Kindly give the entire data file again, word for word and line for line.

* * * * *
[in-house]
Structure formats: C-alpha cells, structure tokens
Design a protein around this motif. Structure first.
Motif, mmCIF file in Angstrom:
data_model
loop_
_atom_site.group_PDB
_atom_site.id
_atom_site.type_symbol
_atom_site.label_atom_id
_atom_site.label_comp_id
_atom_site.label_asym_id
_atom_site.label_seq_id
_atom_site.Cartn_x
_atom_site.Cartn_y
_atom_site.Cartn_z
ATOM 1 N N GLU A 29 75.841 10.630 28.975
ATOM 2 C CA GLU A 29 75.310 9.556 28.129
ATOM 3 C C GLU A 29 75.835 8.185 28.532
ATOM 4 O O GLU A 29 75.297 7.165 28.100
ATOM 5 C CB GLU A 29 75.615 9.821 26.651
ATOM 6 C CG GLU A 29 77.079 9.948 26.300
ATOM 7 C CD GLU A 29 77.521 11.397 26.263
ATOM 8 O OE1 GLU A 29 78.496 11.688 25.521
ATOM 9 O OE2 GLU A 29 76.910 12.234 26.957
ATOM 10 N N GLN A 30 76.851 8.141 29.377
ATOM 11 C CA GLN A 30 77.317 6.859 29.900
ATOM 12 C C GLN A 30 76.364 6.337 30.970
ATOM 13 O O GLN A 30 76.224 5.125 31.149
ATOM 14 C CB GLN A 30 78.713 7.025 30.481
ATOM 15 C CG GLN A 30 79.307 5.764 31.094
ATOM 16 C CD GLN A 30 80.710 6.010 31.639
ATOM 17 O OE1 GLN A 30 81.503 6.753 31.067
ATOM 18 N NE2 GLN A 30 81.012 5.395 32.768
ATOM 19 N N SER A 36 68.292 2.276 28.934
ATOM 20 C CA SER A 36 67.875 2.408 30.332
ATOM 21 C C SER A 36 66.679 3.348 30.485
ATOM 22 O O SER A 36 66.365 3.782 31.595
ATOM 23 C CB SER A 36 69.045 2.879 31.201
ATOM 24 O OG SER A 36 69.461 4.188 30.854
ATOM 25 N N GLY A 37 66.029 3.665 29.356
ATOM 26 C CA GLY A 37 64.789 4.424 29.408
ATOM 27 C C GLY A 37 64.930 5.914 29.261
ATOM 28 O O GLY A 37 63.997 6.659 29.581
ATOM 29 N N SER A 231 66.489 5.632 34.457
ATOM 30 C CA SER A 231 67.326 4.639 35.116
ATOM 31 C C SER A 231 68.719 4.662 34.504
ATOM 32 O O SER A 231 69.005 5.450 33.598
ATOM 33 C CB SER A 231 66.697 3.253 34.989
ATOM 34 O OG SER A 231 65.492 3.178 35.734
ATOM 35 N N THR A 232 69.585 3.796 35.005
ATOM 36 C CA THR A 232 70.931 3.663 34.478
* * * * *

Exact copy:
[in-house]
Structure formats: C-alpha cells, structure tokens
Design a protein around this motif. Structure first.
Motif, mmCIF file in Angstrom:
data_model
loop_
_atom_site.group_PDB
_atom_site.id
_atom_site.type_symbol
_atom_site.label_atom_id
_atom_site.label_comp_id
_atom_site.label_asym_id
_atom_site.label_seq_id
_atom_site.Cartn_x
_atom_site.Cartn_y
_atom_site.Cartn_z
ATOM 1 N N GLU A 29 75.841 10.630 28.975
ATOM 2 C CA GLU A 29 75.310 9.556 28.129
ATOM 3 C C GLU A 29 75.835 8.185 28.532
ATOM 4 O O GLU A 29 75.297 7.165 28.100
ATOM 5 C CB GLU A 29 75.615 9.821 26.651
ATOM 6 C CG GLU A 29 77.079 9.948 26.300
ATOM 7 C CD GLU A 29 77.521 11.397 26.263
ATOM 8 O OE1 GLU A 29 78.496 11.688 25.521
ATOM 9 O OE2 GLU A 29 76.910 12.234 26.957
ATOM 10 N N GLN A 30 76.851 8.141 29.377
ATOM 11 C CA GLN A 30 77.317 6.859 29.900
ATOM 12 C C GLN A 30 76.364 6.337 30.970
ATOM 13 O O GLN A 30 76.224 5.125 31.149
ATOM 14 C CB GLN A 30 78.713 7.025 30.481
ATOM 15 C CG GLN A 30 79.307 5.764 31.094
ATOM 16 C CD GLN A 30 80.710 6.010 31.639
ATOM 17 O OE1 GLN A 30 81.503 6.753 31.067
ATOM 18 N NE2 GLN A 30 81.012 5.395 32.768
ATOM 19 N N SER A 36 68.292 2.276 28.934
ATOM 20 C CA SER A 36 67.875 2.408 30.332
ATOM 21 C C SER A 36 66.679 3.348 30.485
ATOM 22 O O SER A 36 66.365 3.782 31.595
ATOM 23 C CB SER A 36 69.045 2.879 31.201
ATOM 24 O OG SER A 36 69.461 4.188 30.854
ATOM 25 N N GLY A 37 66.029 3.665 29.356
ATOM 26 C CA GLY A 37 64.789 4.424 29.408
ATOM 27 C C GLY A 37 64.930 5.914 29.261
ATOM 28 O O GLY A 37 63.997 6.659 29.581
ATOM 29 N N SER A 231 66.489 5.632 34.457
ATOM 30 C CA SER A 231 67.326 4.639 35.116
ATOM 31 C C SER A 231 68.719 4.662 34.504
ATOM 32 O O SER A 231 69.005 5.450 33.598
ATOM 33 C CB SER A 231 66.697 3.253 34.989
ATOM 34 O OG SER A 231 65.492 3.178 35.734
ATOM 35 N N THR A 232 69.585 3.796 35.005
ATOM 36 C CA THR A 232 70.931 3.663 34.478